This year’s survey had participation from 384 employers located throughout North Carolina. Forty-four percent of participants are located in the Research Triangle region, 25 percent are in the Charlotte area and 17 percent are located in the Piedmont/Triad region with the remaining participants in the East/Southeast region.

Some key findings from the survey revolving around health and welfare benefits include:

  • Nearly all employers provide medical insurance to their employees. About 78 percent of employers offer a traditional PPO plan, about 27 percent offer a consumer driven HAS plan.
  • Regarding employer contribution to the insurance premium, on average, employers pay 80 percent of the premium for employee only PPO coverage and 55 percent of the premium for family PPO coverage for full-time employees.
  • About 71 percent of employers do not offer domestic partner benefits. In turn, about 18 percent of employers do offer domestic partner benefits regardless of sex of partner. About 11 percent offer benefits with sex restrictions.

The survey also covered time off and results revealed several things, such as:

  • About 72 percent of employers have a PTO policy. On average, employers provide 6 days of PTO upon hire, 13-14 days of PTO after 1 year of service, 15 days of PTO after three years of service, 17-18 days of PTO after 5 years of service and 20-21 days of PTO to employees after 10 years of service.
  • About 68 percent of employers have a formal sick plan that is separate from a PTO policy. On average, employers provide 9 sick days to full-time employees per year.
  • On average, employers provide 9 paid holidays to full-time employees and 5 paid holidays to part-time employees per year.
  • About 9 percent of employers offer a maternity leave policy separate from short-term disability or FMLA.

Pay practices is another subject the survey tackled. Participant responses include:

  • About 61 percent of employers indicated a pay philosophy of paying employees at or above market rate. In turn, 34 percent have no formal pay philosophy.
  • To determine compensation decisions, about 77 percent of employers use external market analyses, about 70 percent use internal job evaluations, about 58 percent use skill or competency-based methods, and 11 percent have no formal method.
  • The most common type of base pay increase employers give is performance based according to up to 83 percent of employers. About 22 percent give an across the board increase, about 17 percent give a cost of living increase, and about 6 percent give some other type of increase.

CAI provides this survey every two years. Other topic areas the survey covers include retirement plans, workplace culture, recruiting and staffing, termination and HR metrics.

The 2014 NC Policies & Benefits Survey can be purchased from CAI’s store here. If you’re interested in participating in next year’s survey, please contact a member of CAI’s survey team at cai-survey-team@capital.org.

 

 

Are Gated Health Plans the Way of the Future?

Tuesday, July 22nd, 2014

The post below is a guest blog from Steve Byrd who serves as Principal, Health & Welfare Consultant for CAI’s employee benefits partner Hill, Chesson & Woody.

hcw 7 14As employers continue to identify new ways to control their health plan costs, many employers are considering gated health plans as an option. A “gated” health plan, offers a different spin on the traditional wellness incentive that employers and employees have become used to.  Instead of offering employees lower payroll deductions through the completion of a health assessment or completion of a biometric screening, employers are now considering the option of offering richer benefits as well.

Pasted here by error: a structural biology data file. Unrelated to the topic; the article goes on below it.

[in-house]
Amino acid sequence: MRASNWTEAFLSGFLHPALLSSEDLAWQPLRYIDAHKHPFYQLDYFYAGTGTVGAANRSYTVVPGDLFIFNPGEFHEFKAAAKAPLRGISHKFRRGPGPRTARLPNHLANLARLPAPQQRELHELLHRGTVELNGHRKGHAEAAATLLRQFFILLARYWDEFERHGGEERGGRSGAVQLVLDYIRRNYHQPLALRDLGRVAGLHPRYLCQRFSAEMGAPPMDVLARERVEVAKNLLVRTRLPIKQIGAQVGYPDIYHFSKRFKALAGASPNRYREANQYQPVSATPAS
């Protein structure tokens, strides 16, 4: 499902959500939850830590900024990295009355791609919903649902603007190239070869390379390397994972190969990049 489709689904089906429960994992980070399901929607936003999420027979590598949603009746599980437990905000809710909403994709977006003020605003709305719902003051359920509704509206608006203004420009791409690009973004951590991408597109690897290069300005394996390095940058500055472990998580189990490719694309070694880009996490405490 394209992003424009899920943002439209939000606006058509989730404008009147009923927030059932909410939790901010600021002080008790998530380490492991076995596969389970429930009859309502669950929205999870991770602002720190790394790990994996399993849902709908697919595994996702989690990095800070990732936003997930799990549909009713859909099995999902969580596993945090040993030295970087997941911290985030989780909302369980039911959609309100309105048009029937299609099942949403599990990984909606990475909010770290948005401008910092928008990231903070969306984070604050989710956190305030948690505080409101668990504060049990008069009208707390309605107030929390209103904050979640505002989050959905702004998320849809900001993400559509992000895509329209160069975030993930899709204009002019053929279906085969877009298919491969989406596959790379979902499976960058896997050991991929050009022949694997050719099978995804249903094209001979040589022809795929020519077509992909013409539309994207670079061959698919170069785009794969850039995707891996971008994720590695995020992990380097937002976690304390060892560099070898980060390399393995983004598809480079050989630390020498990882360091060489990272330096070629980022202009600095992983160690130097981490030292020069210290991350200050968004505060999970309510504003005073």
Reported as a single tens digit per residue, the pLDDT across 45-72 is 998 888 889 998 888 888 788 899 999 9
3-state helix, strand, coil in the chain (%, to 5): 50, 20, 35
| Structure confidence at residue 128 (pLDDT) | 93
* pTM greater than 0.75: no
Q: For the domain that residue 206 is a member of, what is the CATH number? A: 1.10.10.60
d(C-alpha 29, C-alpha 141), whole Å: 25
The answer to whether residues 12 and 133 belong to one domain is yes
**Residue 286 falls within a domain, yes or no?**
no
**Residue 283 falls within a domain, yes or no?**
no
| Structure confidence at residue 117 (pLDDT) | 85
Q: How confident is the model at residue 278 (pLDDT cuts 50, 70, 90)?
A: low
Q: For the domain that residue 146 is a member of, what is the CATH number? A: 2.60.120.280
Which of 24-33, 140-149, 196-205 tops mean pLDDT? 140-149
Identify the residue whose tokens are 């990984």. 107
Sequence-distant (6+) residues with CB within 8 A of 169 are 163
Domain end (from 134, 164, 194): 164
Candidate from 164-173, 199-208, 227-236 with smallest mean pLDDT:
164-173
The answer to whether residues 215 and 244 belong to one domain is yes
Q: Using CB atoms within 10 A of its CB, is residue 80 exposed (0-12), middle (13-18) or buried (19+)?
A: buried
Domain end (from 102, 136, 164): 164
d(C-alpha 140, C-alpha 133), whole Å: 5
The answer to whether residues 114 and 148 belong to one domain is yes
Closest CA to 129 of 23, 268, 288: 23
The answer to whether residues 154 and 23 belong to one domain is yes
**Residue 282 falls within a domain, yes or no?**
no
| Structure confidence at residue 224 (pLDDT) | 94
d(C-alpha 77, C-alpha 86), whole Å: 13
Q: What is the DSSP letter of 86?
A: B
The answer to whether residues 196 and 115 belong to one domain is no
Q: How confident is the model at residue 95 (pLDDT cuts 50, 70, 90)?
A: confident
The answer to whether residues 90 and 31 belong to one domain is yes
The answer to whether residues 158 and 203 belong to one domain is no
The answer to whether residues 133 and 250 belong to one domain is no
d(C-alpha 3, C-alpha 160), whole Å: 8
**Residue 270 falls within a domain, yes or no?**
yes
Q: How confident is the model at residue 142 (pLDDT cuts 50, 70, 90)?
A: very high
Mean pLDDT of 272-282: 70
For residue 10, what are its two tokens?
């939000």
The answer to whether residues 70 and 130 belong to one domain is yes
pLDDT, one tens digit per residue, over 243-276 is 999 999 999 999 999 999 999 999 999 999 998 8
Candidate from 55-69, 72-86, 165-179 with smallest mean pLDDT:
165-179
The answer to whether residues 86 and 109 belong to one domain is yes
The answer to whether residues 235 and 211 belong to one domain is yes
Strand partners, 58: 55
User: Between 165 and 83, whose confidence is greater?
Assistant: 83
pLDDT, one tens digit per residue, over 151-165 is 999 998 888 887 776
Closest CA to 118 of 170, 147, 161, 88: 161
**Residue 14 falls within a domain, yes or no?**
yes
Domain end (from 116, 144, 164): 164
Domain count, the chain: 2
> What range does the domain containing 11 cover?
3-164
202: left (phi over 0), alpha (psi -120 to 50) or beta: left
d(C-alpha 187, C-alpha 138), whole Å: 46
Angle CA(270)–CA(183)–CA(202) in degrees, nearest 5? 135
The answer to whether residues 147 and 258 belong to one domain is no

In a recent survey, more than 1,000 employers were asked to disclose current plan designs and changes they expect in the next three to five years. It’s a way for employers to control costs and reward employees for their healthy lifestyles.

52 percent of employers said their current health plan focuses on traditional trend mitigation approaches, such as employee cost shifting. Interestingly enough, it dropped to 21 percent when asked if this would be their preferred approach in three-to-five years.

Employers are beginning to lean more towards plans that require employee action.

In the upcoming years, over 60 percent of employers plan to introduce a gated plan, where employees must complete a task to obtain access to richer design options, compared to only 20 percent who “gate” their employees today. In the past we’ve seen incentives to help lower payroll deductions, but now with gated plans, there is an option to improve benefits.

Employees are also considering implementing the following tactics to mitigate health costs:

  • 72 percent of employers are or will be reducing subsidies for dependents
  • 52 percent of employers anticipate using unitized pricing—where employees pay per person and not individual versus family—up from 5 percent today
  • 42 percent of employers are considering offering high-deductible health plans as a full replacement plan, up from 15 percent today
  • 24 percent of employers plan to offer employees tools to guide decisions in plan selection and utilization, up from 19 percent today
  • 92 percent plan to offer cost transparency tools, up from 49 percent today

While employers are evaluating these new options, and continuing to ask their employees to become more engaged, it is important they evaluate their plan designs carefully.  These new gated plan options are permissible under HIPAA wellness rules.  However, it is very important to ensure they are designed correctly, as they must be carefully structured to comply with both ADA and GINA requirements.  Also, these plans would need to provide a reasonable accommodation to anyone who can’t participate due to a disability, as restricting eligibility in a plan based on participation could be seen as more of a penalty than a monetary premium differential.